Explore the full briefing

What is the Internet of Things?

What is an IoT platform?

What are the economic, sectoral and geographical impacts of IoT technology?

Are there vulnerabilities in the technology?

What are the key operational issues?

What are the key legal considerations?

What are the issues to consider in acquiring IoT technology?

What should manufacturers and suppliers of IoT technology be doing now?

What will the future of IoT technology look like?

What will the impact be on specific industries?

What will the future hold for IoT ecosystems?  Some say that, in time, the Internet of Things will become the Internet of Everything.  Others say we are approaching that already with the convergence of IoT technologies, AI, Distributed Ledger Technologies, communications and big data analytics. 

And when we get there?  IoT stakeholders who control the higher data layers of an IoT ecosystem will have an intrinsic advantage, because that is where insights lie.[1]  Using such data, they will be able to implement entirely new business models, such as dynamic data bundling horizontally across sectors (not just vertically within a sector),[2] raising the prospect of an entirely new order of insights. 

Some predictions

We can therefore expect to see: 

  • Businesses migrating from products (things) – a one-off transactional relationship with the customer - to premium products and services, and then to platforms (a relational or ongoing relationship with the customer); and
  • Those businesses who already offer platforms (services) beginning to offer products as well (for example, an IoT device as the gateway for a service) in order to occupy the IoT ecosystem end-to-end.

Evolution of IoT and customer relationship

Source:  attributed to PwC US by the European Commission in Executive Summary, Cross-Cutting Business Models for IoT, 2017

As already described (see Liability), an IoT ecosystem is typically made up of disparate component elements not supplied in accordance with the requirements of a single end-to-end specification.  There will be both operational problems and legal consequences for some IoT stakeholders (and their customers) that flow from this.  This may lead to market demand for the role of systems integrator. 

For example, a car manufacturer will be expected to ensure that its various IoT-enabled systems (braking, tyres, steering etc) work on an end-to-end and integrated basis.  It will increasingly become a systems integrator.[3]  This effect will be magnified when IoT is combined with other systems, such as autonomous driving and AI.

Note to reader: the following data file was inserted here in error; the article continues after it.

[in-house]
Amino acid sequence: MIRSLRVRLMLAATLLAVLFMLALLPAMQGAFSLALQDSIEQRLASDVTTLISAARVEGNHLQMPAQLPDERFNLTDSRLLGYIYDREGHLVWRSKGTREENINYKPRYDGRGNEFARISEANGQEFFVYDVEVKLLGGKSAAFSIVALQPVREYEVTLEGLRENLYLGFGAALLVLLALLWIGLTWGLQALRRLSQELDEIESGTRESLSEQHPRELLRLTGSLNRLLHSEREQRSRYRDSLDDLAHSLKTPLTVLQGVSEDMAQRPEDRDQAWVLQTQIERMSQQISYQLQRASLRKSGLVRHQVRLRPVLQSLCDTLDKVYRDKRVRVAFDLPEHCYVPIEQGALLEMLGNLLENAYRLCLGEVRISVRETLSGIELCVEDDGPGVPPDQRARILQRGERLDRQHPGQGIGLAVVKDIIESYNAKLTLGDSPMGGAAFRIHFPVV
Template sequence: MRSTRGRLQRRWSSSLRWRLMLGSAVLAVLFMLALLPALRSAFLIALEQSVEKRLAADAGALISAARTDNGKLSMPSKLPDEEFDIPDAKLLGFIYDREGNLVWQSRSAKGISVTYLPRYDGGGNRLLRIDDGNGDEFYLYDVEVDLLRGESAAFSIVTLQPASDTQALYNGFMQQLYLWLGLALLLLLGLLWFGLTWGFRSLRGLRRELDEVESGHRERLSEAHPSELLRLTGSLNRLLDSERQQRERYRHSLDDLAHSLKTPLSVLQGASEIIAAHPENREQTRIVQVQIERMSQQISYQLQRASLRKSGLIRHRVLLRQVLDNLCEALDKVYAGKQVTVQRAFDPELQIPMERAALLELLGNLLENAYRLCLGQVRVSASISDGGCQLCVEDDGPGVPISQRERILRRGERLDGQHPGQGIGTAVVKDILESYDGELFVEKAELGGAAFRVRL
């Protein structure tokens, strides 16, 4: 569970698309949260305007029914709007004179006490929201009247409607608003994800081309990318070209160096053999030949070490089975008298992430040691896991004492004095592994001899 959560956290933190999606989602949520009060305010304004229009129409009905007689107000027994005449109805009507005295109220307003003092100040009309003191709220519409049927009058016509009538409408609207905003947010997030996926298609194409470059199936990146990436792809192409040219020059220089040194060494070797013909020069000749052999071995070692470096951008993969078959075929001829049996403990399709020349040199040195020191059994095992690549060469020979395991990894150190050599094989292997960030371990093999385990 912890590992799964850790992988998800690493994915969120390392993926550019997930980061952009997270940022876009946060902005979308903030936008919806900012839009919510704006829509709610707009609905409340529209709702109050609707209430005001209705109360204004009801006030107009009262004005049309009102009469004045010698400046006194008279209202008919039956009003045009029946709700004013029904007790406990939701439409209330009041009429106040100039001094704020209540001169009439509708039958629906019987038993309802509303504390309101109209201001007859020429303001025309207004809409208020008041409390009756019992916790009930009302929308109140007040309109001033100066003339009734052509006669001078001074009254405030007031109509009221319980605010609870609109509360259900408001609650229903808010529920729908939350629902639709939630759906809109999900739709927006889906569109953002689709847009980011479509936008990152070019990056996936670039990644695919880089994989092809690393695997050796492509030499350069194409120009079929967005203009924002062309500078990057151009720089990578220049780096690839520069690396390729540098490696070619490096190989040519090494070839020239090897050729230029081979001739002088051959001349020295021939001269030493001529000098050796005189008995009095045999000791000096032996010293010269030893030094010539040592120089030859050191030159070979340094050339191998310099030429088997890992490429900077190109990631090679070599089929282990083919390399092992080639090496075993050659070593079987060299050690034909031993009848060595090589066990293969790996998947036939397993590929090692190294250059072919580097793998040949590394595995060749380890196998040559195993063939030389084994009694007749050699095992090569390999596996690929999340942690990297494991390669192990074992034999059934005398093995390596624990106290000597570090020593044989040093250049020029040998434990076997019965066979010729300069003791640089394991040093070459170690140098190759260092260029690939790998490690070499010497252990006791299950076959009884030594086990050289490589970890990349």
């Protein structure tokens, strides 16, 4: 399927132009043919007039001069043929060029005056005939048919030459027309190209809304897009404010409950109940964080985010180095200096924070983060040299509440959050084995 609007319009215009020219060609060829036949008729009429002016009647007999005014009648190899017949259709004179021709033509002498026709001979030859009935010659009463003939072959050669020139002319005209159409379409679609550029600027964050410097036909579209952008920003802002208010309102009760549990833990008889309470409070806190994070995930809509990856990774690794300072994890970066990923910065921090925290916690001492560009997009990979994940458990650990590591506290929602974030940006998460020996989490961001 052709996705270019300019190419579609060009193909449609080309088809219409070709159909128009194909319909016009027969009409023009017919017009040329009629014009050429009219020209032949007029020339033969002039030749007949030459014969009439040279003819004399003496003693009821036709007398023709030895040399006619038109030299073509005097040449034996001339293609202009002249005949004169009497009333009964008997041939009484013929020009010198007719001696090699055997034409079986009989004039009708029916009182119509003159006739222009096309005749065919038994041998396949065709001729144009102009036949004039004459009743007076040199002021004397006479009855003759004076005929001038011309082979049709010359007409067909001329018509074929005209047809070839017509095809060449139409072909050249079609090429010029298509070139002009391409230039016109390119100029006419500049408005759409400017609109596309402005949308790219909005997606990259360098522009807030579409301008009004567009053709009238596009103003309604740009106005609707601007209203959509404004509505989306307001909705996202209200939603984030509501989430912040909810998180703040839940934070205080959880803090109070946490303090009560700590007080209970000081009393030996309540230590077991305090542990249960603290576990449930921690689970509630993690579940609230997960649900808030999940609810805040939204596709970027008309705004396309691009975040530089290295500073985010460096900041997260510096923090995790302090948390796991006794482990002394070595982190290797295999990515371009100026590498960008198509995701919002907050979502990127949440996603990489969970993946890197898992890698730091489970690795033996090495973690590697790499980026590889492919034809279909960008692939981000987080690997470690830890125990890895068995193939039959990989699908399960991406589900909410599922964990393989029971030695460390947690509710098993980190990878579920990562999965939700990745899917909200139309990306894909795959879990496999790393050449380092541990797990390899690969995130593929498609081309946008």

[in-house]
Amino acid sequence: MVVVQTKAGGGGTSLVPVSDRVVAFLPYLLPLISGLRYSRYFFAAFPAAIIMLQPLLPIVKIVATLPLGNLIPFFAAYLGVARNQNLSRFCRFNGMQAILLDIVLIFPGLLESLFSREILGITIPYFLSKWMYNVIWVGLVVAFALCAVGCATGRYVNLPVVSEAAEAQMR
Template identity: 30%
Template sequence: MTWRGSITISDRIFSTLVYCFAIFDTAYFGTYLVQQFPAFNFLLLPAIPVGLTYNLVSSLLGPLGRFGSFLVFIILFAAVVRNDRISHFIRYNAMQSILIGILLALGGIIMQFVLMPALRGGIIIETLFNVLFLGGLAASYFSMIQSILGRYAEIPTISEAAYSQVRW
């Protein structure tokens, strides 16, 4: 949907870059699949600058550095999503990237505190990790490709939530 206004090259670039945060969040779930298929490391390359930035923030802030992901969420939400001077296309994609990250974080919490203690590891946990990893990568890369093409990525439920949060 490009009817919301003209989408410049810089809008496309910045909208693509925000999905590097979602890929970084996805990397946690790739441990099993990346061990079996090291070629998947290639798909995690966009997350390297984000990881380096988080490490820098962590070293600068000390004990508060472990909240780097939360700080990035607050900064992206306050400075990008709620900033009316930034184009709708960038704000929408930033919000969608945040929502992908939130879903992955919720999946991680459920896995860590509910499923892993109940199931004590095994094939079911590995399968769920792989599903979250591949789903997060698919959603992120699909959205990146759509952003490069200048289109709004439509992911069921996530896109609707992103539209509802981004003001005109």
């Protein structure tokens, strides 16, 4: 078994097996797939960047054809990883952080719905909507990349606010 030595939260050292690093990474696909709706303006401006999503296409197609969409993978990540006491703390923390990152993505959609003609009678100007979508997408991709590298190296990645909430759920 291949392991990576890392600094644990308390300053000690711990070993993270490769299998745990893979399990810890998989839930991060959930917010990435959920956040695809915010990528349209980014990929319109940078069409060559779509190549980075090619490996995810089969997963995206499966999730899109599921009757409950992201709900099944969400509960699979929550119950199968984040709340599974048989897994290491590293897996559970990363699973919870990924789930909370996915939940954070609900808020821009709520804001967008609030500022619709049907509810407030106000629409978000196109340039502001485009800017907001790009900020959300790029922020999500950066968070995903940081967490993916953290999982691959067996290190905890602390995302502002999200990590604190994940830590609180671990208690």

Regulatory Policy

How will these industry developments interact with regulatory policy?  Regulators may feel the need to intervene higher up the IoT supply chain.  For example, car manufacturers typically struggle to get their system component providers to guarantee long software maintenance periods or to permit the car manufacturer to maintain the software itself.[4]  The result is that a car manufacturer may struggle to create an integrated vehicular IoT ecosystem.  Such an outcome:

  • could well have safety implications (particularly with the advent of autonomous vehicles), perhaps prompting regulators to require the suppliers of software components to provide upgrades for a specified period;
  • may cause regulators to focus on the impact on end user consumers in B2C supply chains (in relation to vehicles and more generally).  While existing consumer protection laws may provide some comfort to consumers (see Contractual Liability), there may be aspects of the technology that regulators and legislators consider require additional consumer protection measures (as in the case of California’s new IoT Cybersecurity Law – see  U.S: California Senate Bill Number 327).

As many of the problems (operational and legal) stem from an absence of IoT end-to-end integration, regulators may (particularly in relation to areas of public health and safety, and consumer protection) increasingly insist upon end-to-end certification of IoT systems. It is reasonable to suppose that much of the regulatory focus in relation to health and safety and consumer protection will be sectoral in nature.[5]

“It will not be enough to certify components; we will have to test, certify and monitor whole systems.”

Eireann Leverett, Richard Clayton and Ross Anderson, Standardisation and Certification of the “Internet of Things”,  22 May 2017, page 19

IoT technology is highly disruptive to existing markets and business models.  IoT stakeholders need to prepare for situations in which regulation itself may disrupt their own hard-won new business models.  To do that, they need to factor legal and regulatory risk in at the design stage, lest the disruptors themselves become the disrupted.

 

[1] European Commission, Cross-Cutting Business Models for IoT, 2017, page 61.

[2] European Commission, Executive Summary, Cross-Cutting Business Models for IoT, 2017.

[3] Eireann Leverett, Richard Clayton and Ross Anderson, Standardisation and Certification of the “Internet of Things”,  22 May 2017, page 15.

[4] Eireann Leverett, Richard Clayton and Ross Anderson, Standardisation and Certification of the “Internet of Things”,  22 May 2017, page 17.

[5] Eireann Leverett, Richard Clayton and Ross Anderson, Standardisation and Certification of the “Internet of Things”,  22 May 2017, page 21.